Sunda Kingdom

Kingdom of Sunda
The territory of Sunda Kingdom
Capital Pakuan Pajajaran, Kawali
Languages Sundanese, Sanskrit
Religion Hinduism, Buddhism, Sunda Wiwitan
Government Monarchy
   Coronation of king Tarusbawa and change the name from Tarumanagara to Sunda 669
   Lost Sunda Kelapa to Sultanate of Demak in 1527, Sultanate of Banten invasion in the 1570s 1579
Currency Native gold and silver coins
Preceded by
Succeeded by
Kingdom of Sumedang Larang
Sultanate of Banten
Sultanate of Cirebon
Today part of  Indonesia
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The Kingdom of Sunda was a Hindu kingdom located in western Java from 669 to around 1579, covering the area of present-day Banten, Jakarta, West Java, and the western part of Central Java. According to primary historical records, the Bujangga Manik manuscript, the eastern border of the Sunda Kingdom was the Pamali River (Ci Pamali, the present day Brebes River) and the Serayu River (Ci Sarayu) in Central Java. Most accounts of the Sunda Kingdom come from primary historical records from the 16th century.


Padrão of Sunda Kalapa (1522), a stone pillar commemorating the Sunda–Portuguese treaty, Indonesian National Museum, Jakarta.

Knowledge of the kingdom among Sundanese people has been kept alive through Sundanese Pantun oral tradition, the chant of poetic verses about the Golden Age of Sunda Pajajaran, and the legend of King Siliwangi (Prabu Siliwangi), the most popular king of Sunda.

Most account and records of the Sunda Kingdom came from manuscripts dated from a period later than the Golden Age, such as Wangsakerta, Carita Parahyangan, Kidung Sunda, Bujangga Manik, and Pustaka Rajyarajya i Bhumi Nusantara. Several stone inscriptions also mention the kingdom, such as Jayabupati, Kawali, and Batutulis.

Historical sources about the Sunda Kingdom

The earliest reference to the name "Sunda" being used to identify a kingdom is the Kebon Kopi II inscription dated 854 Saka (932 AD). The inscription was in old Javanese script, but the language used was old Malay. It translates as follows:

This memorial stone is to remark the saying of Rakryan Juru Pangambat (Royal Hunter), in 854 Saka, that the order of government is returned to the power of king of Sunda.

The inscription chandrasengkala (chronogram) written 458 Saka, however some historians suggested that the year of the inscription must be read backward as 854 Saka (932 AD) because the Sunda kingdom could not have existed in 536 AD, in the era of the Kingdom of Tarumanagara (358-669 AD).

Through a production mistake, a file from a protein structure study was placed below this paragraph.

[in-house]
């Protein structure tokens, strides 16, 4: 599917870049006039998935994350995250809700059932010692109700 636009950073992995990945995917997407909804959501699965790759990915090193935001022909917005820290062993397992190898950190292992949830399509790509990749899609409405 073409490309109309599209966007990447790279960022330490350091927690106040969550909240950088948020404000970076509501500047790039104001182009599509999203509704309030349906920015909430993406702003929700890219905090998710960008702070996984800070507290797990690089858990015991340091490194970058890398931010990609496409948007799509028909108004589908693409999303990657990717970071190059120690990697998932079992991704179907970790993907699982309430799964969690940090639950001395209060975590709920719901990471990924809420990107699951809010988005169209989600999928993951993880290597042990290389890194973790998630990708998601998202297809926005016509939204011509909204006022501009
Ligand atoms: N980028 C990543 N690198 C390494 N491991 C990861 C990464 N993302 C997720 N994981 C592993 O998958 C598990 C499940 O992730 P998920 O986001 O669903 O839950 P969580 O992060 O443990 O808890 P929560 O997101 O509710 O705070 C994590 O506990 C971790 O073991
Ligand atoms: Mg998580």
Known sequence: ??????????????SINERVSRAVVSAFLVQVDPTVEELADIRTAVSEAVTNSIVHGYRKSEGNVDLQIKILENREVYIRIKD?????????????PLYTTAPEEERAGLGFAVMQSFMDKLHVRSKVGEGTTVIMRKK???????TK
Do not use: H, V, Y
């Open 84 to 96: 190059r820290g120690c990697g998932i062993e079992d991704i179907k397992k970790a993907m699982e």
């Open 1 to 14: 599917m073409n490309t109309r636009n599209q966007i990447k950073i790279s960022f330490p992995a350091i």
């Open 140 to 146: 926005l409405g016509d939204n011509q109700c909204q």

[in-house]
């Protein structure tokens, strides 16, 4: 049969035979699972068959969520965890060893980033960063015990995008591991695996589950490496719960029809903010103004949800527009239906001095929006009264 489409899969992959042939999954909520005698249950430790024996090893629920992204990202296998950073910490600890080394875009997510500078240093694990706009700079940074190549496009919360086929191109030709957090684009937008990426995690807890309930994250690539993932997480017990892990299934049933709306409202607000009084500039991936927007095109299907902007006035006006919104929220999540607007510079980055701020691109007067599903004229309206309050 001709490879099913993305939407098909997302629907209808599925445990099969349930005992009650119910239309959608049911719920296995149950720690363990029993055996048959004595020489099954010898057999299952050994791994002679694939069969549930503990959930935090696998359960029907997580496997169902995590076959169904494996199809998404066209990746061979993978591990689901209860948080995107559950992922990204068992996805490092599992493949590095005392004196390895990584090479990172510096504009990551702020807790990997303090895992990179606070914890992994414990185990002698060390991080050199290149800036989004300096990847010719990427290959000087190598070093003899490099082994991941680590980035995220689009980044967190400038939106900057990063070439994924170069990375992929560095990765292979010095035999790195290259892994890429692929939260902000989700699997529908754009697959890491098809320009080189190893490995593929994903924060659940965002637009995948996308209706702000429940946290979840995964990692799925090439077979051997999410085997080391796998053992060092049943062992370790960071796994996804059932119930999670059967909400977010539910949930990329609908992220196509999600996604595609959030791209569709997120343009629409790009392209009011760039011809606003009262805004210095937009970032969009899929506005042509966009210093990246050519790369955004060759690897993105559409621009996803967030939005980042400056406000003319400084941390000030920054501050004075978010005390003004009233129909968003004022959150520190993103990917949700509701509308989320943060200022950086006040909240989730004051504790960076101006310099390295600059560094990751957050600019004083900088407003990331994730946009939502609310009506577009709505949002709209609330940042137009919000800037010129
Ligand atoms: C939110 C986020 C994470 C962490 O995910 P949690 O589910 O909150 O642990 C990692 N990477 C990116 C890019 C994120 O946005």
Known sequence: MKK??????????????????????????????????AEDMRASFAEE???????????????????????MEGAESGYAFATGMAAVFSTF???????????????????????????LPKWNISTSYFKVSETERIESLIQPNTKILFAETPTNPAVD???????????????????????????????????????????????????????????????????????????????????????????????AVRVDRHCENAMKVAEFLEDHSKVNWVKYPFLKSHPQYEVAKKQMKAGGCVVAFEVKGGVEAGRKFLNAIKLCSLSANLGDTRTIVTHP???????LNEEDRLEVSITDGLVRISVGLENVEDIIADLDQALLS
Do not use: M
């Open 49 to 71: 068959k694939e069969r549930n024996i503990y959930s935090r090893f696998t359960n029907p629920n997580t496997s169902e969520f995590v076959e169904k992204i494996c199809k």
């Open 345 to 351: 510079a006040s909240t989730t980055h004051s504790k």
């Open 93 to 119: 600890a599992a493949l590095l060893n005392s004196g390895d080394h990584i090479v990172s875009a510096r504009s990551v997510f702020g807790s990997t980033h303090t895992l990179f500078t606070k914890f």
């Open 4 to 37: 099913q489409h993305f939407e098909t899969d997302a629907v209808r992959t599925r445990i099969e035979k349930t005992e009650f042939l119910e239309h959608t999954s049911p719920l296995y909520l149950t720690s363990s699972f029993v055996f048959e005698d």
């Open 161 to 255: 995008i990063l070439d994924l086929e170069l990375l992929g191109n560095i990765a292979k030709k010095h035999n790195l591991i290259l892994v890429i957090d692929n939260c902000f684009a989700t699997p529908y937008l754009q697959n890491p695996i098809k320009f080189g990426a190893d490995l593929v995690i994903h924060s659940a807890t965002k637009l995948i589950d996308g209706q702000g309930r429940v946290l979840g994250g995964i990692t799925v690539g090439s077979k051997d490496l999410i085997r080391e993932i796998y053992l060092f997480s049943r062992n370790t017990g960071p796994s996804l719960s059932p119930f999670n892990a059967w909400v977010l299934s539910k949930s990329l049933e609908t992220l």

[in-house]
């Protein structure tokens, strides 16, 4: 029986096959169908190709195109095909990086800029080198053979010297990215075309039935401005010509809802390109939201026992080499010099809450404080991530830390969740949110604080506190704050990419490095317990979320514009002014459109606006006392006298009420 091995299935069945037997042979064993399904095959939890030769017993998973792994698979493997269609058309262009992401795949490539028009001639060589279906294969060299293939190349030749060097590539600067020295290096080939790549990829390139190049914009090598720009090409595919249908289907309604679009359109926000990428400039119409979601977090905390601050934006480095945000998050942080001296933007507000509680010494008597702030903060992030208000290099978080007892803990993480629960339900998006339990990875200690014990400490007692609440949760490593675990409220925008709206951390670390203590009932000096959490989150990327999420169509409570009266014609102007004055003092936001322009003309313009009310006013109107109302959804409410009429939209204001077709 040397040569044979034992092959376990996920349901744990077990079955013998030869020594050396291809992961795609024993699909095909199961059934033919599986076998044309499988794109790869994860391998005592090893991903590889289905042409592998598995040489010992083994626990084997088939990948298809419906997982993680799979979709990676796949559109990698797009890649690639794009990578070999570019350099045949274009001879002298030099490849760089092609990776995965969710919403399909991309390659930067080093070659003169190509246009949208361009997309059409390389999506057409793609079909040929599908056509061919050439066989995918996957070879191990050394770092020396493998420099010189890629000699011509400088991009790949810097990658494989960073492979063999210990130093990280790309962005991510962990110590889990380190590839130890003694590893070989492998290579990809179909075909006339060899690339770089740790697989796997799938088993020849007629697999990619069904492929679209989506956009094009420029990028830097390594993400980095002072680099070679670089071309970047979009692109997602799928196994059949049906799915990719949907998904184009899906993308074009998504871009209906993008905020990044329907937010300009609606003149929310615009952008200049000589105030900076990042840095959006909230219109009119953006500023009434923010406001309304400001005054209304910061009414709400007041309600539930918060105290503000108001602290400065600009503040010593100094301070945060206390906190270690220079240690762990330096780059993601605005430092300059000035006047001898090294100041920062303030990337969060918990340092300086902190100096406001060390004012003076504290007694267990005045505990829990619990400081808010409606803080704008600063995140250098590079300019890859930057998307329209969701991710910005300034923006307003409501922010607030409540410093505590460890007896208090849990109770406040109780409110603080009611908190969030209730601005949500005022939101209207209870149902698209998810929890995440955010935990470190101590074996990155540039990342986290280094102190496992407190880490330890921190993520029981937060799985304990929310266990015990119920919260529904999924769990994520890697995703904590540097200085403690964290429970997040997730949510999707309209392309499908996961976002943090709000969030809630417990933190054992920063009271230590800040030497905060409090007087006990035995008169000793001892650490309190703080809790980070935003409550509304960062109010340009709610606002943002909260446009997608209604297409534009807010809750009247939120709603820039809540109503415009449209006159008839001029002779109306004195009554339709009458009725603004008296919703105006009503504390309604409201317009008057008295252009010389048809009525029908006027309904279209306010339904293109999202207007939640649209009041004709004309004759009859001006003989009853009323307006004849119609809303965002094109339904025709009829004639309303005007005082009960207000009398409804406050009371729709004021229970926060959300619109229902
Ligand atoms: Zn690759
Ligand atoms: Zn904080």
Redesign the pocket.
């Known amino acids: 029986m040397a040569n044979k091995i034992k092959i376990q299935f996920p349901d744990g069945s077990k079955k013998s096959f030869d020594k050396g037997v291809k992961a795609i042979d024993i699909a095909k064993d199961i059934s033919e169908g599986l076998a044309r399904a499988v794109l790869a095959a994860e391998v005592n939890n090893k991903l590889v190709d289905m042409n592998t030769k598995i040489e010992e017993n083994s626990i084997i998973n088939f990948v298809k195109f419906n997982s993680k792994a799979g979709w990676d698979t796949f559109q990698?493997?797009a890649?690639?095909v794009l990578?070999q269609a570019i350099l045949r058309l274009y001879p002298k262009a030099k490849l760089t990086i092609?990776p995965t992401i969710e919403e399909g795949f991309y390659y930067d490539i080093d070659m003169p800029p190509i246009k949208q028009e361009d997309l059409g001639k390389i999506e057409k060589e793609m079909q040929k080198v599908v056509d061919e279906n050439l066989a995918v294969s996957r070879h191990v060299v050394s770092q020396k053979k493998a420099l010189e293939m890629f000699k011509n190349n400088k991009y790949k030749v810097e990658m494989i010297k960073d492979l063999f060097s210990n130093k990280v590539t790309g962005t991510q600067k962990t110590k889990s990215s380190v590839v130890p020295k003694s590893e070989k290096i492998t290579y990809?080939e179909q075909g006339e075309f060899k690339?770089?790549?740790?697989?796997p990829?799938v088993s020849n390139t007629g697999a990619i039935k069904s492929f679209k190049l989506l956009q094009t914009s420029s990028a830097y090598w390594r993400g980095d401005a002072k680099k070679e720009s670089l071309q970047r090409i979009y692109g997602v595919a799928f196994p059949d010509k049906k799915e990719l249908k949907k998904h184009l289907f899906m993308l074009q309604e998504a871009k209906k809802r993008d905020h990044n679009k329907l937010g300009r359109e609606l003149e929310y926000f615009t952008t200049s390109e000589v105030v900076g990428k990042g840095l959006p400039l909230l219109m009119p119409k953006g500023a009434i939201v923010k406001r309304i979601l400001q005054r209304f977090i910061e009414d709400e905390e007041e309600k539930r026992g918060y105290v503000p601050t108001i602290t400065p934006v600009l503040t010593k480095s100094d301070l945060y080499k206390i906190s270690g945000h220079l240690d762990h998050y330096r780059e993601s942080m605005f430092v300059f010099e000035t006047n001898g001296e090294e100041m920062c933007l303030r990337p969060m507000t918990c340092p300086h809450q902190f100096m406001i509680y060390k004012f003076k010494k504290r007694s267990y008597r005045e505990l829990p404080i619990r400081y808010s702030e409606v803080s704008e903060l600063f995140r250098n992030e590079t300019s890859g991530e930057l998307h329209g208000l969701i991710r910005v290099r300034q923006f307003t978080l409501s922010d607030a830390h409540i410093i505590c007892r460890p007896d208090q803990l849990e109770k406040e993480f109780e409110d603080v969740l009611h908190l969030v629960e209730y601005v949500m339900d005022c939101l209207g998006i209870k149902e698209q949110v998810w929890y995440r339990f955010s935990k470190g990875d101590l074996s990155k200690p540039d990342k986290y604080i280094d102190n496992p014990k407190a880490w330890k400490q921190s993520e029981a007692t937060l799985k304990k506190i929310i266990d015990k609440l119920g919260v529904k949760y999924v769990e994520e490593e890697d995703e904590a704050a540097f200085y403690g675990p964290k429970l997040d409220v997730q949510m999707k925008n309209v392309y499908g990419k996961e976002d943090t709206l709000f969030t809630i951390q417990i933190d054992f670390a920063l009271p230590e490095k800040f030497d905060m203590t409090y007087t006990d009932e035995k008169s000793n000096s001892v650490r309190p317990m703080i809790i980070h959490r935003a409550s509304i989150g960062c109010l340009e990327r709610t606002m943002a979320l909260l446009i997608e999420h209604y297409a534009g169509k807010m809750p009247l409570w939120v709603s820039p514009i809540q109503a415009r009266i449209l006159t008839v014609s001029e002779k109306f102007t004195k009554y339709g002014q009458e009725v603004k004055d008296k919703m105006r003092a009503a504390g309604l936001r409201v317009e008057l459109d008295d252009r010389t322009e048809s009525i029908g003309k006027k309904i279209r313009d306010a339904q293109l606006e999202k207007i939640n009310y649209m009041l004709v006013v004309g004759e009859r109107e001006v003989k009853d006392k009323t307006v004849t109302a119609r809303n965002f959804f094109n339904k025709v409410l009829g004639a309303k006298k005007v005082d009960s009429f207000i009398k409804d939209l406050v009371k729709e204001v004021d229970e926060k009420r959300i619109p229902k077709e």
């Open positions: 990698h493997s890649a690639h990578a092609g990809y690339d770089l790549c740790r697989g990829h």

Another reference to the kingdom is the Jayabupati inscription which consists of 40 lines written on four pieces of stone found on the Cicatih river bank in Cibadak, Sukabumi. The inscription is written in old Javanese script. The four inscriptions are now stored at the National Museum in Jakarta, under the codes D 73 (Cicatih), D 96, D 97 and D 98. The contents of the inscriptions (according to Pleyte):

Peace and well-being. In the year of Saka 952 (1030 AD), Kartika month on the 12th day on the light part, Hariang day, Kaliwon, first day, Wuku Tambir. Today is the day that king of Sunda Maharaja Sri Jayabupati Jayamanahen Wisnumurti Samarawijaya Sakalabuwanamandaleswaranindita Haro Gowardhana Wikramottunggadewa, makes his marks on eastern part of this Sanghiyang Tapak (insribed stone). Made by Sri Jayabupati King of Sunda. And may there be nobody allowed to break this law. In this part of river catching fish is forbidden, in the sacred area of Sanghyang Tapak near the source of the river. Up until the border of sacred Sanghyang Tapak marked by two big tree. So this inscriptions is made, enforced with an oath. Whoever breaks the law will be punished by these supranatural beings, die in horrible way like their brain being sucked, blood being drunk, intestines being destroyed, and chest is split in two. O being known by thee.., all the spirits.

The date of the Jayabupati inscription may be 11 October 1030. According to Pustaka Nusantara, Parwa III sarga 1, Sri Jayabupati reigned for 12 years, from 952 to 964 saka (1030 - 1042 AD). The inscription has an East Javanese style in lettering, language, and style, and mentions the current king by name.